Quick Take two:  Confirmation (or Chrismation)7 confirmation

The second of the initiation sacraments is Confirmation during which we receive the seven gifts of the Holy Spirit. According to the Catechism (CCC 1831) these are: wisdom, understanding, counsel, fortitude, knowledge, piety, and fear of the Lord.

 

 

7 holy communionQuick Take three: Eucharist

Within the Roman rite – one’s first Holy Communion is typically received around the seventh year of life which is determined by the church as the beginning of the age of reason and marks the beginning of, hopefully, a lifetime of receiving this life giving sacrament.  Within the Eastern rites the infant receiving baptism immediately following also receives Chrismation and the ‘admission to Eucharistic Communion’.  (CCC 1233) These three sacraments complete the initiation sacraments.

 

7 pennanceQuick Take Four: Penance and Reconciliation

Penance is one of the two Sacraments of healing   that Christ instituted for his Church to offer His people.  “The Lord Jesus Christ, physician of our souls and bodies, who forgave the sins of the paralytic and restored him to bodily health,3 has willed that his Church continue, in the power of the Holy Spirit, his work of healing and salvation, even among her own members. This is the purpose of the two sacraments of healing: the sacrament of Penance and the sacrament of Anointing of the Sick.” (CCC  1421)

Some may ask why, once we are washed clean through the act of baptism, is there a need for the Sacrament of Penance or Confession? The Council of Trent (1549) answers this perfectly as quoted in the Catechism: “Nevertheless the new life received in Christian initiation has not abolished the frailty and weakness of human nature, nor the inclination to sin that tradition calls concupiscence, which remains in the baptized such that with the help of the grace of Christ they may prove themselves in the struggle of Christian life.”

It is through the sacrament of penance, as instituted by Christ through St Peter, (Mathew 16:13-20  that we are able to be washed clean and be healed of our sins.

The Catholic Catechism answers the question of what is this sacrament called with the following:

It is called the sacrament of conversion because it makes sacramentally present Jesus’ call to conversion, the first step in returning to the Father from whom one has strayed by sin.

It is called the sacrament of Penance, since it consecrates the Christian sinner’s personal and ecclesial steps of conversion, penance, and satisfaction.

 It is called the sacrament of confession, since the disclosure or confession of sins to a priest is an essential element of this sacrament. In a profound sense it is also a “confession” – acknowledgment and praise – of the holiness of God and of his mercy toward sinful man.

It is called the sacrament of forgiveness, since by the priest’s sacramental absolution God grants the penitent “pardon and peace.”

It is called the sacrament of Reconciliation, because it imparts to the sinner the life of God who reconciles: “Be reconciled to God.” He who lives by God’s merciful love is ready to respond to the Lord’s call: “Go; first be reconciled to your brother.”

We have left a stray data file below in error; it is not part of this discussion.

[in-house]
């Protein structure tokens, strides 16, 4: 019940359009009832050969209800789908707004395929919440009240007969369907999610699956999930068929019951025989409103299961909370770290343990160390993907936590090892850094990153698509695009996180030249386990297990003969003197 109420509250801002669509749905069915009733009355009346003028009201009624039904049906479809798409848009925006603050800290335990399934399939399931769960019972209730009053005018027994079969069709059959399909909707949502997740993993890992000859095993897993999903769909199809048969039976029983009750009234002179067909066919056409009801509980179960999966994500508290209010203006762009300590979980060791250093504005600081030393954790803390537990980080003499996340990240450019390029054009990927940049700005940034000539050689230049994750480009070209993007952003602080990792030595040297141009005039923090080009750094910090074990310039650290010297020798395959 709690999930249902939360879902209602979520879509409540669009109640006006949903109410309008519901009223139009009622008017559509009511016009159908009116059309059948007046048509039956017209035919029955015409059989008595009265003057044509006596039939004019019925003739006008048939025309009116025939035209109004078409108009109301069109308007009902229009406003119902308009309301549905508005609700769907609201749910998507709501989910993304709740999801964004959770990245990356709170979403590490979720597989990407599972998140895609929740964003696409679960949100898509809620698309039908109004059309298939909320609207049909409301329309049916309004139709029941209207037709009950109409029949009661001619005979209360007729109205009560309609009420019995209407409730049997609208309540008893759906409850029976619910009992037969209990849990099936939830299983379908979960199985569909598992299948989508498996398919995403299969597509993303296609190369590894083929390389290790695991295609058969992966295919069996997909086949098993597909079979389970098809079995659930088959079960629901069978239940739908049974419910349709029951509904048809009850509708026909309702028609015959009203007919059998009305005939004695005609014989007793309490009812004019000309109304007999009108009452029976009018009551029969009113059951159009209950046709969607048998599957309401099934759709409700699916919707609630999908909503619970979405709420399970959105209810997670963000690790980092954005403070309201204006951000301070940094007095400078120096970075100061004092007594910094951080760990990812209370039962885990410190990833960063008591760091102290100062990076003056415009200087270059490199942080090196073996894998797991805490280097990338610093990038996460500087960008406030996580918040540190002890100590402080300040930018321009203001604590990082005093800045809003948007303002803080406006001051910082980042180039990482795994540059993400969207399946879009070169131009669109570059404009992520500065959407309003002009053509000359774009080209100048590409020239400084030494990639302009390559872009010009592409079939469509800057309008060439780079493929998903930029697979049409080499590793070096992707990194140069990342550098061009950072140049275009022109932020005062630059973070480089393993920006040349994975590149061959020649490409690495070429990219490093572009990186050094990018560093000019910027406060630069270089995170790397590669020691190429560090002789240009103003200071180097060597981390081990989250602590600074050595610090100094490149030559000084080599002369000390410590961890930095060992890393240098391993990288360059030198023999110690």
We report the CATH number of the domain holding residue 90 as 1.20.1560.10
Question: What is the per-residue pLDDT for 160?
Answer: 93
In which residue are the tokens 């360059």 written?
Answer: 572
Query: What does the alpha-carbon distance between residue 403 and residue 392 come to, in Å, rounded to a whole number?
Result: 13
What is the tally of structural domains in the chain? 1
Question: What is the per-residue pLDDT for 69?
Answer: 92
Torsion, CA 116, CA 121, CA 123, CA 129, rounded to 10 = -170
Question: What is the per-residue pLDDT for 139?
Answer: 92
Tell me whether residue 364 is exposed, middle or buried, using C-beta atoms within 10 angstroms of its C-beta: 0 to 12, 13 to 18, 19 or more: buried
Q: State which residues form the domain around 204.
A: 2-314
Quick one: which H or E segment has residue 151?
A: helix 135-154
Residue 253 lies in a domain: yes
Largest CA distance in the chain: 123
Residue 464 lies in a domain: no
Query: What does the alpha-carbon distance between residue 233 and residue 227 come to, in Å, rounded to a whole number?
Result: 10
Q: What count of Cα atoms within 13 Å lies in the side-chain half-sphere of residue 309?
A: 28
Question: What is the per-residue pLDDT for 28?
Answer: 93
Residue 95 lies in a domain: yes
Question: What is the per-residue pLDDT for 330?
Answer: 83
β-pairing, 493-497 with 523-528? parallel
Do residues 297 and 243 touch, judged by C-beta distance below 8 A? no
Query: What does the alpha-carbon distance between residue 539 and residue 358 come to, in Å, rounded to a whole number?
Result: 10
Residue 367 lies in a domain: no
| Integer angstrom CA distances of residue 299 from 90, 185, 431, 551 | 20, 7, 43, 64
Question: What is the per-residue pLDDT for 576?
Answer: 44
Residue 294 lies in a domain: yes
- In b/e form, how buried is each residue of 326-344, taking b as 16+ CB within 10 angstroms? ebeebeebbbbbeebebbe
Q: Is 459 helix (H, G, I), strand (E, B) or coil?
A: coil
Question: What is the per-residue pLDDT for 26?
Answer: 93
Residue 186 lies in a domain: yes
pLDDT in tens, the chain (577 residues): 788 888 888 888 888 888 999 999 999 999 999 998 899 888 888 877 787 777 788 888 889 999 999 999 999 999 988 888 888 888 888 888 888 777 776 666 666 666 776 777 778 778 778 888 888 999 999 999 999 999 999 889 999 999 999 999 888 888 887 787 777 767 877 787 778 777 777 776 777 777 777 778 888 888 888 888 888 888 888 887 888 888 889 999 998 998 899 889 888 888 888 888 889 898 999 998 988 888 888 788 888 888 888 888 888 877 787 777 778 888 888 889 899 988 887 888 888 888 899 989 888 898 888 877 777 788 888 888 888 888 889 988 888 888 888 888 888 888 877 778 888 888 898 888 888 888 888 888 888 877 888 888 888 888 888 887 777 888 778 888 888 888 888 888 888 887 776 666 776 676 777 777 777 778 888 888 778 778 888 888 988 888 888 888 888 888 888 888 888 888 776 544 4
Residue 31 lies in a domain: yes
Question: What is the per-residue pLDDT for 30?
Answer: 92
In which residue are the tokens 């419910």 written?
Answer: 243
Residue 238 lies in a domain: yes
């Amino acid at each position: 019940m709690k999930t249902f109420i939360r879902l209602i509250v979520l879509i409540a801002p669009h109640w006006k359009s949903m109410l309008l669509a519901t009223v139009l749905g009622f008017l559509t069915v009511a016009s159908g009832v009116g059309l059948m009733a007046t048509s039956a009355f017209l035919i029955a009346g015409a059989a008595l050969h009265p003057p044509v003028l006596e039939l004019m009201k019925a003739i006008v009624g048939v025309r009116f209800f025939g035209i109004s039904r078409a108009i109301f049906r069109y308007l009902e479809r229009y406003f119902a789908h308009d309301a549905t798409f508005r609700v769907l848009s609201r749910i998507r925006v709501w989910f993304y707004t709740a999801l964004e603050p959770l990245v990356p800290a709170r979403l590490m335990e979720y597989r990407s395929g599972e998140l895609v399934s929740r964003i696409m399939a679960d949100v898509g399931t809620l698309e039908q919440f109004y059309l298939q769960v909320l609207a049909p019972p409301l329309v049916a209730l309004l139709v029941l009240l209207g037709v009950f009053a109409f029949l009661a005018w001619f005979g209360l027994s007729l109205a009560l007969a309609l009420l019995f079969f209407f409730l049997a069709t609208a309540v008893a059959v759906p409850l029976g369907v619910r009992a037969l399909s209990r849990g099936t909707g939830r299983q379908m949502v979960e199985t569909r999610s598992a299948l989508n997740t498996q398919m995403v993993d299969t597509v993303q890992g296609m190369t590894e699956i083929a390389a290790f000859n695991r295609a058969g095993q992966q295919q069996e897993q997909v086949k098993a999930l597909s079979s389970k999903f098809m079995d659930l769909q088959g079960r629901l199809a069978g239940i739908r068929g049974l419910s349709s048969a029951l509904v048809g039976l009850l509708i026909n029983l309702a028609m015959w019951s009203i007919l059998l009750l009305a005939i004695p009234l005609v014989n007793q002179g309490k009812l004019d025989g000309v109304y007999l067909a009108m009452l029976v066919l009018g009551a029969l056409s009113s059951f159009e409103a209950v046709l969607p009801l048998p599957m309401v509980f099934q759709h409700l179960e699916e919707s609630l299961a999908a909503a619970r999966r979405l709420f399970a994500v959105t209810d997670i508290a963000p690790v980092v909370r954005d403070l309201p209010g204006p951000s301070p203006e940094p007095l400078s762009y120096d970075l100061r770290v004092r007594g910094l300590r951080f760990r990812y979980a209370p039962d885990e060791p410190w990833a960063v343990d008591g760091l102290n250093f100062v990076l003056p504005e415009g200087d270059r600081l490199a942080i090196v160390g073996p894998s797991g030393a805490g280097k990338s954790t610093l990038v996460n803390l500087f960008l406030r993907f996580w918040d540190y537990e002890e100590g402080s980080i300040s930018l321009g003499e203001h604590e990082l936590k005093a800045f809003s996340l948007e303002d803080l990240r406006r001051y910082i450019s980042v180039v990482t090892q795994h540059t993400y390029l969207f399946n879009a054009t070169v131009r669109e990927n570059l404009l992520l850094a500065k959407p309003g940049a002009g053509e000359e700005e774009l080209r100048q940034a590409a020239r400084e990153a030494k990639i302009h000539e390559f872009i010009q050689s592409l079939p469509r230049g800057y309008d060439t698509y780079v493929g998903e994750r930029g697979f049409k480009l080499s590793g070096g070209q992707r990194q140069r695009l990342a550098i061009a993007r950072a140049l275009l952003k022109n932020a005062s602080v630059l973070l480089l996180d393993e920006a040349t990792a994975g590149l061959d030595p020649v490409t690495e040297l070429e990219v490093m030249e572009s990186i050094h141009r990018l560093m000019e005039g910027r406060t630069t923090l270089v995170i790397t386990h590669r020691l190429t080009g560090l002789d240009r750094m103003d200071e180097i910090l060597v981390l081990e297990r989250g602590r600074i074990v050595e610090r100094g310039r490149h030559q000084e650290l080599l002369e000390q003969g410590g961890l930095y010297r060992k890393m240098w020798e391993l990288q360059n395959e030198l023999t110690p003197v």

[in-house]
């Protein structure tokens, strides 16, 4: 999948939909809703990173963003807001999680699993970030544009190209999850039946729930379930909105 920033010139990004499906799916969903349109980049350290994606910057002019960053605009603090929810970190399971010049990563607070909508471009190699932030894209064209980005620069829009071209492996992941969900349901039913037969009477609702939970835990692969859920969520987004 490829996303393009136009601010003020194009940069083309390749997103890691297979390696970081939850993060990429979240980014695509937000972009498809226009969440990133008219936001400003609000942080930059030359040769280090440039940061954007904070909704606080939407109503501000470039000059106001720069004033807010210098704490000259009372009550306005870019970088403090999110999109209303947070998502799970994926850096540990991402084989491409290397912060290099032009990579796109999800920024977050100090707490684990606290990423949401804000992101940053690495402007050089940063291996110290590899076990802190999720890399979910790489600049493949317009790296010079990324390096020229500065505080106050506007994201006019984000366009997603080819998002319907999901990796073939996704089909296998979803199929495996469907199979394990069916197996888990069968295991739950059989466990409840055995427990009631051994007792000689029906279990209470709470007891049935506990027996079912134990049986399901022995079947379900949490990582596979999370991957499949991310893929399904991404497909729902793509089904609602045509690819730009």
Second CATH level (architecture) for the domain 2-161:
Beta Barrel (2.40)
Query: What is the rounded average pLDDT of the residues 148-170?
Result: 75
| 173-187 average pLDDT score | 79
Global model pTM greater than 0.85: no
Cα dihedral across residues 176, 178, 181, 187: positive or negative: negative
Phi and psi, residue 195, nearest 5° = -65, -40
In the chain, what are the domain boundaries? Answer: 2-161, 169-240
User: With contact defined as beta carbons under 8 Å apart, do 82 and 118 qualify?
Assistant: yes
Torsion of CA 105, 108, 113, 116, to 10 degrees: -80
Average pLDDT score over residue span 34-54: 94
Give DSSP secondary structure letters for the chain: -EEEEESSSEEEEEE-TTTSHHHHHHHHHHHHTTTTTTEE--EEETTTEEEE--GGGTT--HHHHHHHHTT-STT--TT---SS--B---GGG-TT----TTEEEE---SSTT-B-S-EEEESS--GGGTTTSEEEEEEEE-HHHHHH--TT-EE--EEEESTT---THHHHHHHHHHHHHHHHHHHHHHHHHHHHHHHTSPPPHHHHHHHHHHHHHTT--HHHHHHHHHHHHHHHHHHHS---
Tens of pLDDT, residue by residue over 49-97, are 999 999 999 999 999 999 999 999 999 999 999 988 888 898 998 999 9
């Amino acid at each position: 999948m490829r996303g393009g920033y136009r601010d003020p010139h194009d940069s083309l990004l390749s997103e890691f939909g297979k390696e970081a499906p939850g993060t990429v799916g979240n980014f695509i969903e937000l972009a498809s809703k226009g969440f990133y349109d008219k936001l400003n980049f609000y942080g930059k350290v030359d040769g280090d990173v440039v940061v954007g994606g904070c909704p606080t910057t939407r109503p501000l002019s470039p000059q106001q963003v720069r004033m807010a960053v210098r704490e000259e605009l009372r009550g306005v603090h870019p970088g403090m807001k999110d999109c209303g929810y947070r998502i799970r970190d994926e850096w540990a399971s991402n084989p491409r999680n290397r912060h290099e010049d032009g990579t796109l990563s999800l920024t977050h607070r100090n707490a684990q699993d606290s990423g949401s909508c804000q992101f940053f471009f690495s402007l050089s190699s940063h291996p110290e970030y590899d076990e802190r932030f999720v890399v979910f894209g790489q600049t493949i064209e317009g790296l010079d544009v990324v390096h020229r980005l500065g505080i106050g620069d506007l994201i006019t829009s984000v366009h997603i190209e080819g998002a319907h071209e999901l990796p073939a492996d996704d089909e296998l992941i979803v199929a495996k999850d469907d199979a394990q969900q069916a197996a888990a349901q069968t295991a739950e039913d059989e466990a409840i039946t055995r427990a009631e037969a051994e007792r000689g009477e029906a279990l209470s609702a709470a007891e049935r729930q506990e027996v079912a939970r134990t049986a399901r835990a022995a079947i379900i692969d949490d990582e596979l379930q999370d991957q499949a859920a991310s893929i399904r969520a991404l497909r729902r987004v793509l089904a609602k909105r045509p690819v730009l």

Lent is a wonderful time to take advantage of this sacrament – especially if it is a sacrament that has fallen by the wayside. When I read the explanation of this sacrament in the catechism it filled me with resolve not to miss this wonderful opportunity to be filled with Christ’s grace.

 

7 annointing of the sickQuick Take Five: Anointing of the Sick

There are some misunderstandings surrounding this sacrament. At one time it was known as the ‘receiving of last rites” because it was, and still is, a sacrament used to fortify “the end of our earthly life like a solid rampart for the final struggles before entering the Father’s house.” (Council of Trent 1551) However, it is also a sacrament through which Jesus can unify our suffering with his and thus support the Church and, if it is for the good of our soul, also bring us physical healing from a grave illness. Contrary to the misbelief that one can only receive the Anointing of the Sick once in a lifetime; if one recovers from a grave illness for which they have been anointed and later faces death again, or is suffering intensely and is in need of fortification, they can once again receive this sacrament.  (CCC 1515)

This sacrament is based in Jesus’ command to heal the sick (Mathew 10:1-8) as well as through tradition.

“… the apostolic Church has its own rite for the sick, attested to by St. James: “Is any among you sick? Let him call for the elders [presbyters] of the Church and let them pray over him, anointing him with oil in the name of the Lord; and the prayer of faith will save the sick man, and the Lord will raise him up; and if he has committed sins, he will be forgiven.” Tradition has recognized in this rite one of the seven sacraments” (CCC 1510)

As I mentioned at the beginning of this quick takes post the Catholic Church has the three sacraments of initiation through which the Christian begins his journey to heaven. In addition, the church uses three sacraments to assist a Christian on the last leg of this journey. These are the sacraments: of penance, (when possible) the anointing of the sick and the Eucharist.  The administering of the Eucharist when in danger of death is referred to as Viaticum.